Although a telescope provides brighter and higher magnification views of deep-sky objects, binoculars offer several advantages. They provide a much wider field of view, which enhances the views of many objects and makes locating them easier. They are also much more portable and require little or no setup. Many objects in the list below are easily visible in binoculars of all sizes. You may notice many of these are also on other lists – this is intentional. You’ll find a whole different feel looking at something with a much wider field of view and use of both eyes. There is a sense of context – seeing where these objects sit relative to nearby objects. To receive the Binocular Observer pin you must observe and record at least 18 of the listed objects while you are here at OSP. As an added reference, each object’s page number in the popular Sky and Telescope Pocket Sky Atlas (PSA) is listed as well.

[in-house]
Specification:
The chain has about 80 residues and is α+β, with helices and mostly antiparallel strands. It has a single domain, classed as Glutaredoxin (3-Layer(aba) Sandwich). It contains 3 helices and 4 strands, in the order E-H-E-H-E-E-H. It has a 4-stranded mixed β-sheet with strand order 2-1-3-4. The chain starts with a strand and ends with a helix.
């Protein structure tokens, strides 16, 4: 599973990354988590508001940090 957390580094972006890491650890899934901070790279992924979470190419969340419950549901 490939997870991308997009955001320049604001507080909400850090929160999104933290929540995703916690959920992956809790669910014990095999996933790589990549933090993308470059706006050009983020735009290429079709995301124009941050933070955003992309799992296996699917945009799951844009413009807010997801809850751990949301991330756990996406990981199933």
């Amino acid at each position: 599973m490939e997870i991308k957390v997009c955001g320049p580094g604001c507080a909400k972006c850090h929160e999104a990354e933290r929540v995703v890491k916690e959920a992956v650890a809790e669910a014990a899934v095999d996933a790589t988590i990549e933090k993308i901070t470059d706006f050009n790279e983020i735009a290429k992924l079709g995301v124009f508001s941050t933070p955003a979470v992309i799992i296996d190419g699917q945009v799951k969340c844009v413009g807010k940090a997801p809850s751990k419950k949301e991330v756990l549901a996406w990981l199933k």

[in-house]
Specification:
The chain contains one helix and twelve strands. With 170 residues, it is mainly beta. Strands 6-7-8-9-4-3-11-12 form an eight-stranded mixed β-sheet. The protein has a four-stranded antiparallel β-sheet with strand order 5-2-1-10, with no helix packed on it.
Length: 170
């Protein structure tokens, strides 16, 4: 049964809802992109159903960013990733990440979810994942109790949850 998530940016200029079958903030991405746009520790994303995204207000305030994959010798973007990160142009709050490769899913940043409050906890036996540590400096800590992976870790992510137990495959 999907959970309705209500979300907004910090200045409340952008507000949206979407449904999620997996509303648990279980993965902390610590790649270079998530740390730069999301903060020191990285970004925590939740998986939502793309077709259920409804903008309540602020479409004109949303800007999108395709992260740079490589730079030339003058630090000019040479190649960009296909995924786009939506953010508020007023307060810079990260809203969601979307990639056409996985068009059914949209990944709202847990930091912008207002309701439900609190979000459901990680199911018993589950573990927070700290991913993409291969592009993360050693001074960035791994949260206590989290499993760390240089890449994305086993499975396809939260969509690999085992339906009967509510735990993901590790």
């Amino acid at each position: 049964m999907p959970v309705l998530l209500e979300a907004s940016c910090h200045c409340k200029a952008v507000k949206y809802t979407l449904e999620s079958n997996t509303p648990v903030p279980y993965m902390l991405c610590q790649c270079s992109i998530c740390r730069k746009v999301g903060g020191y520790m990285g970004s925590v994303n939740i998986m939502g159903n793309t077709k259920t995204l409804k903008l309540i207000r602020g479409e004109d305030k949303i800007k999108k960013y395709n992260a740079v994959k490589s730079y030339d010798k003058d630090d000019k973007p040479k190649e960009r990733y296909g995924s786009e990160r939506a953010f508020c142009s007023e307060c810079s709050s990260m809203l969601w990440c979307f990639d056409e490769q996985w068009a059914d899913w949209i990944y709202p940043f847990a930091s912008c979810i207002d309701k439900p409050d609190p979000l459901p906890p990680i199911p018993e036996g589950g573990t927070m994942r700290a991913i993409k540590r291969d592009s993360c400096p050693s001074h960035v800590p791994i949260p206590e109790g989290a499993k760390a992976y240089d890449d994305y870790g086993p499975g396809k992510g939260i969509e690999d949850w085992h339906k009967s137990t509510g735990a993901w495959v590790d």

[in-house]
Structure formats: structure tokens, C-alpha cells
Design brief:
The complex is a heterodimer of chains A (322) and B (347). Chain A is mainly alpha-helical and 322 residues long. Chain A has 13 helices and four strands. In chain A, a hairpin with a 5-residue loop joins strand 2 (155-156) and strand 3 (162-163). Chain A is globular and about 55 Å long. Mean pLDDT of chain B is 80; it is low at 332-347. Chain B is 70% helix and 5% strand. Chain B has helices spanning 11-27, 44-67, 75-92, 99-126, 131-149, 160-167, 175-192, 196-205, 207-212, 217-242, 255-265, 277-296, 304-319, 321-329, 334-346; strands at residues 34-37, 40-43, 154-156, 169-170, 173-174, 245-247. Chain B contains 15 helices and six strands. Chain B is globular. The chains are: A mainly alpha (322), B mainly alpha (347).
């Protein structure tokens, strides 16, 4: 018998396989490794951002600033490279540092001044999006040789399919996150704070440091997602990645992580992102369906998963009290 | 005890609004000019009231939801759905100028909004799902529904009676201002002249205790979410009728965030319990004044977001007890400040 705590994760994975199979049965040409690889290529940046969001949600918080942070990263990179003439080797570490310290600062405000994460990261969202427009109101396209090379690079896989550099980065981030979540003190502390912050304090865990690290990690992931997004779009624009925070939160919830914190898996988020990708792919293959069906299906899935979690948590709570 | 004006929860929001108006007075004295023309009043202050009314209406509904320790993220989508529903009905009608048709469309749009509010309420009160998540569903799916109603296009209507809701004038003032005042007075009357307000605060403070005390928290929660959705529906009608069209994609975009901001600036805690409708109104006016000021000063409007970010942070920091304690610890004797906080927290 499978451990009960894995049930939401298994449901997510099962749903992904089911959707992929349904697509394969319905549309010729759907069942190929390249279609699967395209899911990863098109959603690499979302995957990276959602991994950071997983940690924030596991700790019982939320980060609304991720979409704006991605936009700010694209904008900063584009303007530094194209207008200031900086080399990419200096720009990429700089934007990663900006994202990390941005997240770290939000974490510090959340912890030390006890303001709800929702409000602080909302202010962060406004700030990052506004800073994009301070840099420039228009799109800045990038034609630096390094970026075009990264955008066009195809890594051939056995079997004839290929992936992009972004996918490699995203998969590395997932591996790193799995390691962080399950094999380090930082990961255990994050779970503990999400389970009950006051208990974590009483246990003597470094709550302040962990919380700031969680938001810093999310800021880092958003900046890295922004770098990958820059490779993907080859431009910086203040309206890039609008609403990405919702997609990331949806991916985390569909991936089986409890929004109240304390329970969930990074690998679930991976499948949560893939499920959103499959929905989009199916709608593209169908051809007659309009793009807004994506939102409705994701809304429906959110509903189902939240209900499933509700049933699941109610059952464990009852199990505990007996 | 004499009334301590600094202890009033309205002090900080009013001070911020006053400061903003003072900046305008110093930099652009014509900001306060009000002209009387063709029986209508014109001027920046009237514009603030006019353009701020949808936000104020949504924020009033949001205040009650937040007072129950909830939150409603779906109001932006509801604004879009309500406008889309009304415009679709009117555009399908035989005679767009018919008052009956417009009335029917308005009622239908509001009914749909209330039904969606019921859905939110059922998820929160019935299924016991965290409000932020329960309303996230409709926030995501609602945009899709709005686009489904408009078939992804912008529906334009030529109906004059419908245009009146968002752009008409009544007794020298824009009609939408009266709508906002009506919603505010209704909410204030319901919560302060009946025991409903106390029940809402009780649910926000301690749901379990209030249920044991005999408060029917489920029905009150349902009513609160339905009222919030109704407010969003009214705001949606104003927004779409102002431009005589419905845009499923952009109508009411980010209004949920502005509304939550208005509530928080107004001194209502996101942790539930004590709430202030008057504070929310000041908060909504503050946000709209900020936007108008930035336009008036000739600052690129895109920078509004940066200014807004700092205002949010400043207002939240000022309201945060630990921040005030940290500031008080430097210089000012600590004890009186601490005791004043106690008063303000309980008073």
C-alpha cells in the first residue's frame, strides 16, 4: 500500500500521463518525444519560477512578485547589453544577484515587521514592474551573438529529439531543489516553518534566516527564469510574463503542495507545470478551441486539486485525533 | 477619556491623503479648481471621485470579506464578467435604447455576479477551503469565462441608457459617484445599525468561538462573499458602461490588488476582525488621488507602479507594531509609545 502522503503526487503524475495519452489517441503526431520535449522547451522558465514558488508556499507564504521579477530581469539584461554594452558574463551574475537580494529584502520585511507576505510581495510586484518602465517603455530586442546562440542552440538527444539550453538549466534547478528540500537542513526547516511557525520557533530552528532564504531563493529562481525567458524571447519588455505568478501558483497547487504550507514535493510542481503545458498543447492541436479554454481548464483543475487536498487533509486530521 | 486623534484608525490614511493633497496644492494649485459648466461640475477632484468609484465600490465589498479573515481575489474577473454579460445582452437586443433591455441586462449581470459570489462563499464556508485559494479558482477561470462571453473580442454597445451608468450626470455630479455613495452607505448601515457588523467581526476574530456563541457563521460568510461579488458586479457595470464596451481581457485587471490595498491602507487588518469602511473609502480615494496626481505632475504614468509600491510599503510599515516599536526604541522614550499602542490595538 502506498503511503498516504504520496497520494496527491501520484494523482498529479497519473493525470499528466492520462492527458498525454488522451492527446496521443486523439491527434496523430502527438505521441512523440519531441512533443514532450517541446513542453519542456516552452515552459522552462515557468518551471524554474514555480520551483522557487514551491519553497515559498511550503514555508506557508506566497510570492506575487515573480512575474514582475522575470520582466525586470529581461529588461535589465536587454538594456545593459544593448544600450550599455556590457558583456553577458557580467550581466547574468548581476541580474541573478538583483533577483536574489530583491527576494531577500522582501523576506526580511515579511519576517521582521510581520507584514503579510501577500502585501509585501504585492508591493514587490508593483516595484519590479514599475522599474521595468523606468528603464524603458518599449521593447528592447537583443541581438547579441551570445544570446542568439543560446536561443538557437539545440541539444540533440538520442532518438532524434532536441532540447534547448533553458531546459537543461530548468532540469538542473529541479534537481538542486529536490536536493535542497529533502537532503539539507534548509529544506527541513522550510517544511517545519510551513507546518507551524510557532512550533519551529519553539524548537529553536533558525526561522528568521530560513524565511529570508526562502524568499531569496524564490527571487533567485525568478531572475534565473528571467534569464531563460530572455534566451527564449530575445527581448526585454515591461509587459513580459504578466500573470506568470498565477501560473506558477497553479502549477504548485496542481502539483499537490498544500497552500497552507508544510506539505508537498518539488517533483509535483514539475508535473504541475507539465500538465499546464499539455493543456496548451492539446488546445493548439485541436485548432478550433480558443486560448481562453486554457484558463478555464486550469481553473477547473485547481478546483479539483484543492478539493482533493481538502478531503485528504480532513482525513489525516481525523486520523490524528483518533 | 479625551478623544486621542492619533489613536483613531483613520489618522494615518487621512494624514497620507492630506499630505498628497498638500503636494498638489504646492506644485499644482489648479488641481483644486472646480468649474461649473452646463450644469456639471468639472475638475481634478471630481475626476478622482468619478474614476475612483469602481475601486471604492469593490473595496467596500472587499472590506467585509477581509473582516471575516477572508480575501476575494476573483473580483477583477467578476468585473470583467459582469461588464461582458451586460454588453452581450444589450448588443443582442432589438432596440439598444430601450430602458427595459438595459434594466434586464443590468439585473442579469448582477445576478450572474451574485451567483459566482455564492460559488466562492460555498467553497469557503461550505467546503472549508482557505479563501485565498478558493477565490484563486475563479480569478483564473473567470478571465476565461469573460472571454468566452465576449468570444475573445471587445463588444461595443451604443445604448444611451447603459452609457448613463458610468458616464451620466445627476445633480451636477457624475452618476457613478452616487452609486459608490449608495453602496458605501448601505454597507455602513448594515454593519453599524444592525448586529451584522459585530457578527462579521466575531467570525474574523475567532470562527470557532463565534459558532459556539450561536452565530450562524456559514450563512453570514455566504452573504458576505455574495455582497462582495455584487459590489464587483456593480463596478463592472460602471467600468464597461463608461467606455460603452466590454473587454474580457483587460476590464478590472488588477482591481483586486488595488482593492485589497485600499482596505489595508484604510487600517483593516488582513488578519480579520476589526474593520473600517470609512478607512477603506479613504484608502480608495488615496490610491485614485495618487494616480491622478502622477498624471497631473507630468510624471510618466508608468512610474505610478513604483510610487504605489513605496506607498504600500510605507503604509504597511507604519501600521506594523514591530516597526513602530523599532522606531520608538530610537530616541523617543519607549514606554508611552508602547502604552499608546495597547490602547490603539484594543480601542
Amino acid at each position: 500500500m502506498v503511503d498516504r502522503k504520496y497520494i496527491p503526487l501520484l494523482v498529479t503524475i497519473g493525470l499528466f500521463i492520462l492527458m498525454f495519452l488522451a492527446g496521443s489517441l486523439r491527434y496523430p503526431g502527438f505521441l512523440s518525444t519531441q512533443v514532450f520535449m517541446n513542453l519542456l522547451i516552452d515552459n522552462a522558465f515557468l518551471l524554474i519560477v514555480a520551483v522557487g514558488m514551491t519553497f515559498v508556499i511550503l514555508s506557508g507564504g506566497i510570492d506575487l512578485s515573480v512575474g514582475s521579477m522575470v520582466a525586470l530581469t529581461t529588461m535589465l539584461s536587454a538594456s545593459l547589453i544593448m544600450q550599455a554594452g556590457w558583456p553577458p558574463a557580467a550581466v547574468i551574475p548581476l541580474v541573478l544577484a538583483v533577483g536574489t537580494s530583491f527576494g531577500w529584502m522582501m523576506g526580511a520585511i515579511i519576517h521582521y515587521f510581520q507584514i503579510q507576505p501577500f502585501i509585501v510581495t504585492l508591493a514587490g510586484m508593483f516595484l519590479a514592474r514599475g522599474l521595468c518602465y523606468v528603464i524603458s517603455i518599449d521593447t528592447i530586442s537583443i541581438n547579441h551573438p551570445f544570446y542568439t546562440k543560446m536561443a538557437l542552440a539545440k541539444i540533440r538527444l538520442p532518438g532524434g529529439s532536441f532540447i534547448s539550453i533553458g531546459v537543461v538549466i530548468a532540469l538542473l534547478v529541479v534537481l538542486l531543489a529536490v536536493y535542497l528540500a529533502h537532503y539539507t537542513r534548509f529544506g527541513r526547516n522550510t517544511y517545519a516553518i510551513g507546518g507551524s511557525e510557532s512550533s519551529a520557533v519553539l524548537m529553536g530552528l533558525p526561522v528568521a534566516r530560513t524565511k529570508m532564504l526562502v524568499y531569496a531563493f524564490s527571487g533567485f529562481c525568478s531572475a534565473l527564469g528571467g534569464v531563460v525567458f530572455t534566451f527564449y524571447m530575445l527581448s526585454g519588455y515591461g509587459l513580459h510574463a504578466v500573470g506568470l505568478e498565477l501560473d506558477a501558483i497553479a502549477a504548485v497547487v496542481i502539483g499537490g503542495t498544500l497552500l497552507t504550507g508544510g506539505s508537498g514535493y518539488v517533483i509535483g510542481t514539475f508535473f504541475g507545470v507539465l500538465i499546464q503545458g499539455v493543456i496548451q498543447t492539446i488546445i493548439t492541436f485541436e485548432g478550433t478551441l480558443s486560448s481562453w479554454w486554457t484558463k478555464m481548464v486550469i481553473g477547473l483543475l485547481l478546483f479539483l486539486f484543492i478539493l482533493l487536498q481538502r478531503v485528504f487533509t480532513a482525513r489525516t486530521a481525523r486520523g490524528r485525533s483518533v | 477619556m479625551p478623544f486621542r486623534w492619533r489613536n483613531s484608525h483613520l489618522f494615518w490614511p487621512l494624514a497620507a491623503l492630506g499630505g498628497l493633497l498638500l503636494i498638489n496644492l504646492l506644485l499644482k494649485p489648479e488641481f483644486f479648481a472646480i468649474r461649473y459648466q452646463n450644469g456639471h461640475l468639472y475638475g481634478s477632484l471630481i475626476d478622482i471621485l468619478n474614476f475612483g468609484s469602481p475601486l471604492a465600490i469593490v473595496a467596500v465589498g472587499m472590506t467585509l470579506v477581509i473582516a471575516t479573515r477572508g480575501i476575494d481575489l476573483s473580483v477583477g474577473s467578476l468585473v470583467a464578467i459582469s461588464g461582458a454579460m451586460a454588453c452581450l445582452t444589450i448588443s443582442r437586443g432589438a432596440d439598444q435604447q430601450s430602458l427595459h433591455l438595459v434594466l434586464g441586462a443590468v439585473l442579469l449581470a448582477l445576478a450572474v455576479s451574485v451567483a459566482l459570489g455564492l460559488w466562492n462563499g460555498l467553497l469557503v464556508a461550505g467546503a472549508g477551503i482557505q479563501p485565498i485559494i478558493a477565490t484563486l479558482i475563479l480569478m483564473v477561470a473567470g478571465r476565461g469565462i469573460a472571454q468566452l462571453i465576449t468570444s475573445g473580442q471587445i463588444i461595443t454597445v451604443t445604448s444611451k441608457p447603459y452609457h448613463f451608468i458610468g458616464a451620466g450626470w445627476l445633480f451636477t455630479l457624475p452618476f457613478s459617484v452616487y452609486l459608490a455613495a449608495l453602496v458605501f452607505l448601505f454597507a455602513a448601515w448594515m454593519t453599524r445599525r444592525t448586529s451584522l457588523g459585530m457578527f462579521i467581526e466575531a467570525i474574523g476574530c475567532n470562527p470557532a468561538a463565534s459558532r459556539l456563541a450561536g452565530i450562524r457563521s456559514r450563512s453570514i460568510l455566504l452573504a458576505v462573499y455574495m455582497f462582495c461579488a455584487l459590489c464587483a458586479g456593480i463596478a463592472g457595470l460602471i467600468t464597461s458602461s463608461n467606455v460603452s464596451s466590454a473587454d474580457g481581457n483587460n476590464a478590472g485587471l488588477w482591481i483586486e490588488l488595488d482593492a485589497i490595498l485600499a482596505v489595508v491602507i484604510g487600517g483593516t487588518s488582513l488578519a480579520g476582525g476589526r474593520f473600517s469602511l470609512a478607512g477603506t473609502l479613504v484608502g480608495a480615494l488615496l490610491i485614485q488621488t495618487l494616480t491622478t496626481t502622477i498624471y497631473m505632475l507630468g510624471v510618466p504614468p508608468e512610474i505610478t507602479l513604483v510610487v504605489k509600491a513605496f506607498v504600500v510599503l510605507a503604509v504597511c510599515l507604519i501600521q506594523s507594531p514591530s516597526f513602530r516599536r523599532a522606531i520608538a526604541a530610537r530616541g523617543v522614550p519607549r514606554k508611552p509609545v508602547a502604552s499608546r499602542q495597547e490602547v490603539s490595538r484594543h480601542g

Since there are observers of many levels at OSP, this list contains simple to find/see objects, along with some more challenging ones, but with many more items than are needed for an award. This allows beginners to work at the list and earn an award, but provides additional binocular-oriented targets for more advanced observers looking for more of a challenge.
Go-to mounts are not permitted for the Binocular List award. You may get assistance in locating objects on star charts or in the sky, but you must locate them yourself with your binoculars. Looking through mounted binoculars, in which someone else has sighted the object for you, is not acceptable. Object sketches are highly recommended but they are not necessary if you provide a good description of each object and what you saw.
When finished, bring your record of observations to the Observing Program table next to the Information Tent to receive your pin. Please check the information tent for updates on when the Observing Program table will be staffed, and where it is going to be for the next session. Typically it will be manned later in the afternoon.